Patent Holders Learn to Adapt to More Investor Scrutiny

With a greater role in more businesses’ performance, patent assets and strategy are going under the microscope.

The required disclosure and hyper-scrutiny that small public patent licensing companies are subject to may be starting to affect larger, more defensive IP holders, including Apple, Intel and Sony. The increased interest is more likely to benefit those that perform.

In “Reveal Thyself,” the latest Intangible Investor in IAM Magazine, out next week, I look at how the heightened awareness of some tiny IP-centric companies, many of them NPEs with an out-licensing model, is likely to affect larger patent holders with diverse business models. Here is an excerpt:

IP success is no longer a “trust me” proposition for the terminally confused. Value and performance must be explained, and respect earned. For smaller patent holders looking to make a mark with licensing revenue, as well as for larger ones protecting profit margins, the first rule IP reporting is the same: under-promise and over-deliver. 

Not all public IP companies (PIPCOs) are driven by a simple out-licensing or assertion model.  Some are operating companies that sell products and conduct 0tightrope walker1R&D. (Colleen Chien may choose to believe otherwise, but not all small patent-rich businesses have assertion covenant written into their charter. “Patent assertion entity” (PAE), as a term, presumes a business’ raison d’être is litigation. It is disturbing that some anti-patent forces are trying to make it the defacto term for “licensing businesses.” Private and public licensing companies are not “suing machines” by nature. Enforcement is rarely their first choice. Some learn how to do it really well because they have to to succeed. All operating companies are to some extent non-practicing ones, too. It would be impossible to practice all of the patents they hold.)

The Genie is Out of the Bottle

Like biotech and entertainment industry stocks before them, PIPCOs are complex, typically speculative business models that fascinate many, even though their returns may eventually only satisfy a few. Their survival is inevitably market-based, and subject to a harsh eco-system. (It’s difficult avoiding that term.)  Ultimately, competition will determine who survives — and, as evolution has proved, the strongest typically do. PIPCOs success, failure and cross-breeding will create more valuable assets and  durable business models for ideas and innovation. They also will help provide a greater understanding of innovation rights and how they can be deployed.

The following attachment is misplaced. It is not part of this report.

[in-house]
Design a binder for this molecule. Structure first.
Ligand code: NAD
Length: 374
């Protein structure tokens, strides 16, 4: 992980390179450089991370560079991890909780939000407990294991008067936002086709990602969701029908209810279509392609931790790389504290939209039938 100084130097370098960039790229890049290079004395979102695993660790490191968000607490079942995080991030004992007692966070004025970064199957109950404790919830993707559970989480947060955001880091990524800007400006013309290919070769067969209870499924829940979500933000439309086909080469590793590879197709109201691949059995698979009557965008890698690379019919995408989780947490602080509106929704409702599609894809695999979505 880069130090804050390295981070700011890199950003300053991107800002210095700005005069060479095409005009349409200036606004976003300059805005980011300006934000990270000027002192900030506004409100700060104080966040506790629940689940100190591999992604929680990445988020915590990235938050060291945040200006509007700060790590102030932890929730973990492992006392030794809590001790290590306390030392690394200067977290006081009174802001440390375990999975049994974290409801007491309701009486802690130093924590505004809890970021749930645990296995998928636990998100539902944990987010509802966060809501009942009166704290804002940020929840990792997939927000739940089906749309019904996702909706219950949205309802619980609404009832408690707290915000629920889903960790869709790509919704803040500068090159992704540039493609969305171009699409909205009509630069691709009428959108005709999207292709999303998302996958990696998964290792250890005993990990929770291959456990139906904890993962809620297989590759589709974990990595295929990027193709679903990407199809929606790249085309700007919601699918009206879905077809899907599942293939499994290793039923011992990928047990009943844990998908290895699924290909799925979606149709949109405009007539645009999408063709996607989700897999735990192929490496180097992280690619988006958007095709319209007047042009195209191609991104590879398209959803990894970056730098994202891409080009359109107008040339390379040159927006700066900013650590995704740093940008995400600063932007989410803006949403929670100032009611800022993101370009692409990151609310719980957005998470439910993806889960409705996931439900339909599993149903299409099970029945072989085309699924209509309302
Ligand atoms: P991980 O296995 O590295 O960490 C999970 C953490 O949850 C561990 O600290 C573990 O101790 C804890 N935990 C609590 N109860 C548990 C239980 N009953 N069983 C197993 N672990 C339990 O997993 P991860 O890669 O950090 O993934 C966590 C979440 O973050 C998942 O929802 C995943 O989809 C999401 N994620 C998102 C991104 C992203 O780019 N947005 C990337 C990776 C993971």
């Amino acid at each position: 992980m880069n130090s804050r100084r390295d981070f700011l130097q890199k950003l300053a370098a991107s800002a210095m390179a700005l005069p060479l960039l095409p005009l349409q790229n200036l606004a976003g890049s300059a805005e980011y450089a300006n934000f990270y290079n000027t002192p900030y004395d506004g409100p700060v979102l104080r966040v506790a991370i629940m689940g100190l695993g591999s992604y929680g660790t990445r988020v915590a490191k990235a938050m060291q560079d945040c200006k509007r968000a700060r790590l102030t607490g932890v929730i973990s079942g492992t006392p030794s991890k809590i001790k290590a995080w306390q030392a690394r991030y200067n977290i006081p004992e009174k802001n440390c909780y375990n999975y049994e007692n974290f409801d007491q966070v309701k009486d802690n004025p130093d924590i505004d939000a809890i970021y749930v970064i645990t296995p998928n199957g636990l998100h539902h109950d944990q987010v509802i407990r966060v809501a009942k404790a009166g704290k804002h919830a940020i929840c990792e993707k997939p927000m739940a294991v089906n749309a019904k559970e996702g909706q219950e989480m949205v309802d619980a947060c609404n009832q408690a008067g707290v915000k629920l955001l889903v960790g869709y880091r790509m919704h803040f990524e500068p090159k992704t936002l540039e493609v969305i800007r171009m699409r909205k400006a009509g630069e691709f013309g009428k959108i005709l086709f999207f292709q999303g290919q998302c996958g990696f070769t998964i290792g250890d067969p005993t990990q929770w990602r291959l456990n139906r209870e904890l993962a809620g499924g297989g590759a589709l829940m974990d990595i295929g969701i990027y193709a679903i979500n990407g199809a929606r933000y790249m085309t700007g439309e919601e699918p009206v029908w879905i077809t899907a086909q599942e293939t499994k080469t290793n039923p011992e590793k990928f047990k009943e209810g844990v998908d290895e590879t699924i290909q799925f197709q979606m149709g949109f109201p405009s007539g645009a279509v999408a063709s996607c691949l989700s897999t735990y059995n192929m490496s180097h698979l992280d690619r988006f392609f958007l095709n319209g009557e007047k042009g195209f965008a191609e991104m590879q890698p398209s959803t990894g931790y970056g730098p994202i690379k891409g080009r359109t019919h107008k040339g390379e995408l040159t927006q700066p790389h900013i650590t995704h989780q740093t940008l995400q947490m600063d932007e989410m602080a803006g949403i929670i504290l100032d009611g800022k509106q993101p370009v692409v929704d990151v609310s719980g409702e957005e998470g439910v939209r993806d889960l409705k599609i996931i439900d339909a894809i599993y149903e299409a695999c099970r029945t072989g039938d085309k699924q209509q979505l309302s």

In today’s legal and legislative environment the key to business model success for patents may not be the “elephant hunter” hoping to bag the biggest prey. Lofty damages awards paid by Research in Motion, Microsoft, J&J and others, are a currently a relic of the past. Many large awards are reduced, retried and thrown out, and the economics and risk of patent litigation are less amenable to big game hunting.

If history is any indication, IP business model competition will be bloody but ultimately positive. Quality assets, good management and clear performance usually win out in the end not only in spite off the carcasses along the way, but also because of them.

Institutional investors, banks, pension funds and others are slowly becoming more familiar with the language and movements of IP performance. Their positions in smaller entities are among the driving forces, but so are is M&A, like Motorola’s sale to Google. Because PIPCOs are more directly affected by licensing and enforcement, and closely monitored for strengths and weaknesses, they may provide a better worthwhile, if more painful, learning experience.

Some investors may choose to look at larger patent holders through a similar lens. If it is inappropriate to do so then more relevant performance measures will have to be identified, such as market share maintained, profit margins protected and the number and cost of suits settled (or avoided). 

While not all patent-rich businesses or business models, small or large, are likely to succeed, focusing systematically on their performance is likely to lead to more robust survivors, and fewer disillusioned investors.

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